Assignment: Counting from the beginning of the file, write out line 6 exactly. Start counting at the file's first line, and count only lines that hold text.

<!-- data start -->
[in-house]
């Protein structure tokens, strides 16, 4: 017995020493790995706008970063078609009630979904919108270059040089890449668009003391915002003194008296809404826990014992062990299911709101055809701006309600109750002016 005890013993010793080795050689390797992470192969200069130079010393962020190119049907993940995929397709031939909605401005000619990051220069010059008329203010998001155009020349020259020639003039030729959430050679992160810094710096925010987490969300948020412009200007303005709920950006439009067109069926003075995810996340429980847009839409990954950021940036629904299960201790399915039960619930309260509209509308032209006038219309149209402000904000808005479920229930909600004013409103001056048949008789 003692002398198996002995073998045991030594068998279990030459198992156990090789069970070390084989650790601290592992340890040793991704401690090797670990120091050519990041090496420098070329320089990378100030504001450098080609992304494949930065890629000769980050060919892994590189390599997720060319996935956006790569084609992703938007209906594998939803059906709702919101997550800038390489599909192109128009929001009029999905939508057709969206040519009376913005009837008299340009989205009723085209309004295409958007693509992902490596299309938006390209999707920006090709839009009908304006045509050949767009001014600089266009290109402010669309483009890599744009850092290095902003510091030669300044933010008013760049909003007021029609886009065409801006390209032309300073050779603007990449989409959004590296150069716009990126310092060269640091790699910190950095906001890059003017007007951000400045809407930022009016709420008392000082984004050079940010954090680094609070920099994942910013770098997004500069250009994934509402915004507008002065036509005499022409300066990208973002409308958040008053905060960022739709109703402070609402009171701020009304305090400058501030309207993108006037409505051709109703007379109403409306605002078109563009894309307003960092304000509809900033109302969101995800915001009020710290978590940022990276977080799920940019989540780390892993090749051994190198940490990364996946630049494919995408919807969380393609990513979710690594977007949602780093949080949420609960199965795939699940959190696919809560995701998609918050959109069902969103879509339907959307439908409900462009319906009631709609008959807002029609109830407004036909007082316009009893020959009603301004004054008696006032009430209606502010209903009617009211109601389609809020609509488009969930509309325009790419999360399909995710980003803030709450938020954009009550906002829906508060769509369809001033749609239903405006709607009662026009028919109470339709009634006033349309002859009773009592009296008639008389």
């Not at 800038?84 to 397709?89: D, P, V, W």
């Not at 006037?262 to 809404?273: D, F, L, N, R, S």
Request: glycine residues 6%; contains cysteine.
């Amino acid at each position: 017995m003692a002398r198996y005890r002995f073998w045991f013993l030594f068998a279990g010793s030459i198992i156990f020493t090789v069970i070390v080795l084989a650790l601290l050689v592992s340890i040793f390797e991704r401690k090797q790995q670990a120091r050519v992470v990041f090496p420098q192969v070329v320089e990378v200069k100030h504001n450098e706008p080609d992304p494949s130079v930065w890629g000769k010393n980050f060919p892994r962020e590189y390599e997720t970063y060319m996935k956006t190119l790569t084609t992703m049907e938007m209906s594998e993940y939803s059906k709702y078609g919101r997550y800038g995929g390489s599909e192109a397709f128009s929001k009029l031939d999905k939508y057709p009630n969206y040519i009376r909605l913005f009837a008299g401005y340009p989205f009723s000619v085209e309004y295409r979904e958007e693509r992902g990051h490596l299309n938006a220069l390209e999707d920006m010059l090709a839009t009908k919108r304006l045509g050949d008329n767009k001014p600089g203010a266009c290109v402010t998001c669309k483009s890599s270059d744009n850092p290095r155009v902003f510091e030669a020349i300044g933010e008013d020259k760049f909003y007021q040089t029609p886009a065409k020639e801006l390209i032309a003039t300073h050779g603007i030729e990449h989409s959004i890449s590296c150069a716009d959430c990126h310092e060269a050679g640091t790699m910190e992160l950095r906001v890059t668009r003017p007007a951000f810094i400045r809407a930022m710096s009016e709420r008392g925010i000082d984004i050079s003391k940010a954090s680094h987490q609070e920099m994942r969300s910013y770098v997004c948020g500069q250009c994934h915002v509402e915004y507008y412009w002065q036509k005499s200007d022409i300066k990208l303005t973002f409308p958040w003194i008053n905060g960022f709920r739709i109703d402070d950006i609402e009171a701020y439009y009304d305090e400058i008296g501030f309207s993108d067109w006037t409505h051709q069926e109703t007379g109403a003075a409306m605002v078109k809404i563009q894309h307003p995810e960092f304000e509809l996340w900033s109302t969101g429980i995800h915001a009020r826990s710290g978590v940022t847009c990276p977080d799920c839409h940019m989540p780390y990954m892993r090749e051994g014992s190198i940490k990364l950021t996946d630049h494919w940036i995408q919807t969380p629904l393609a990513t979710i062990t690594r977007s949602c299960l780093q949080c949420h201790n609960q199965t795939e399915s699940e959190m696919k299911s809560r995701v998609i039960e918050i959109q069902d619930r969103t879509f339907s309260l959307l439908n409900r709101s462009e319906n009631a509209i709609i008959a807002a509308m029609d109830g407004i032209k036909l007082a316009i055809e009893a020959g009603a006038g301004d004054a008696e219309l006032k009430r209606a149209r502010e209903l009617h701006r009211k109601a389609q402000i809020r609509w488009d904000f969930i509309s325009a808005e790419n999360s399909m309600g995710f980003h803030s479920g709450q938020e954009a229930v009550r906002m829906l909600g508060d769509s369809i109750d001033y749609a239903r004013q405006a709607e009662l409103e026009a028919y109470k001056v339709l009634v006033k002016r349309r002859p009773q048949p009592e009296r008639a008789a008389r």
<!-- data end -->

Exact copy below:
């Amino acid at each position: 017995m003692a002398r198996y005890r002995f073998w045991f013993l030594f068998a279990g010793s030459i198992i156990f020493t090789v069970i070390v080795l084989a650790l601290l050689v592992s340890i040793f390797e991704r401690k090797q790995q670990a120091r050519v992470v990041f090496p420098q192969v070329v320089e990378v200069k100030h504001n450098e706008p080609d992304p494949s130079v930065w890629g000769k010393n980050f060919p892994r962020e590189y390599e997720t970063y060319m996935k956006t190119l790569t084609t992703m049907e938007m209906s594998e993940y939803s059906k709702y078609g919101r997550y800038g995929g390489s599909e192109a397709f128009s929001k009029l031939d999905k939508y057709p009630n969206y040519i009376r909605l913005f009837a008299g401005y340009p989205f009723s000619v085209e309004y295409r979904e958007e693509r992902g990051h490596l299309n938006a220069l390209e999707d920006m010059l090709a839009t009908k919108r304006l045509g050949d008329n767009k001014p600089g203010a266009c290109v402010t998001c669309k483009s890599s270059d744009n850092p290095r155009v902003f510091e030669a020349i300044g933010e008013d020259k760049f909003y007021q040089t029609p886009a065409k020639e801006l390209i032309a003039t300073h050779g603007i030729e990449h989409s959004i890449s590296c150069a716009d959430c990126h310092e060269a050679g640091t790699m910190e992160l950095r906001v890059t668009r003017p007007a951000f810094i400045r809407a930022m710096s009016e709420r008392g925010i000082d984004i050079s003391k940010a954090s680094h987490q609070e920099m994942r969300s910013y770098v997004c948020g500069q250009c994934h915002v509402e915004y507008y412009w002065q036509k005499s200007d022409i300066k990208l303005t973002f409308p958040w003194i008053n905060g960022f709920r739709i109703d402070d950006i609402e009171a701020y439009y009304d305090e400058i008296g501030f309207s993108d067109w006037t409505h051709q069926e109703t007379g109403a003075a409306m605002v078109k809404i563009q894309h307003p995810e960092f304000e509809l996340w900033s109302t969101g429980i995800h915001a009020r826990s710290g978590v940022t847009c990276p977080d799920c839409h940019m989540p780390y990954m892993r090749e051994g014992s190198i940490k990364l950021t996946d630049h494919w940036i995408q919807t969380p629904l393609a990513t979710i062990t690594r977007s949602c299960l780093q949080c949420h201790n609960q199965t795939e399915s699940e959190m696919k299911s809560r995701v998609i039960e918050i959109q069902d619930r969103t879509f339907s309260l959307l439908n409900r709101s462009e319906n009631a509209i709609i008959a807002a509308m029609d109830g407004i032209k036909l007082a316009i055809e009893a020959g009603a006038g301004d004054a008696e219309l006032k009430r209606a149209r502010e209903l009617h701006r009211k109601a389609q402000i809020r609509w488009d904000f969930i509309s325009a808005e790419n999360s399909m309600g995710f980003h803030s479920g709450q938020e954009a229930v009550r906002m829906l909600g508060d769509s369809i109750d001033y749609a239903r004013q405006a709607e009662l409103e026009a028919y109470k001056v339709l009634v006033k002016r349309r002859p009773q048949p009592e009296r008639a008789a008389r």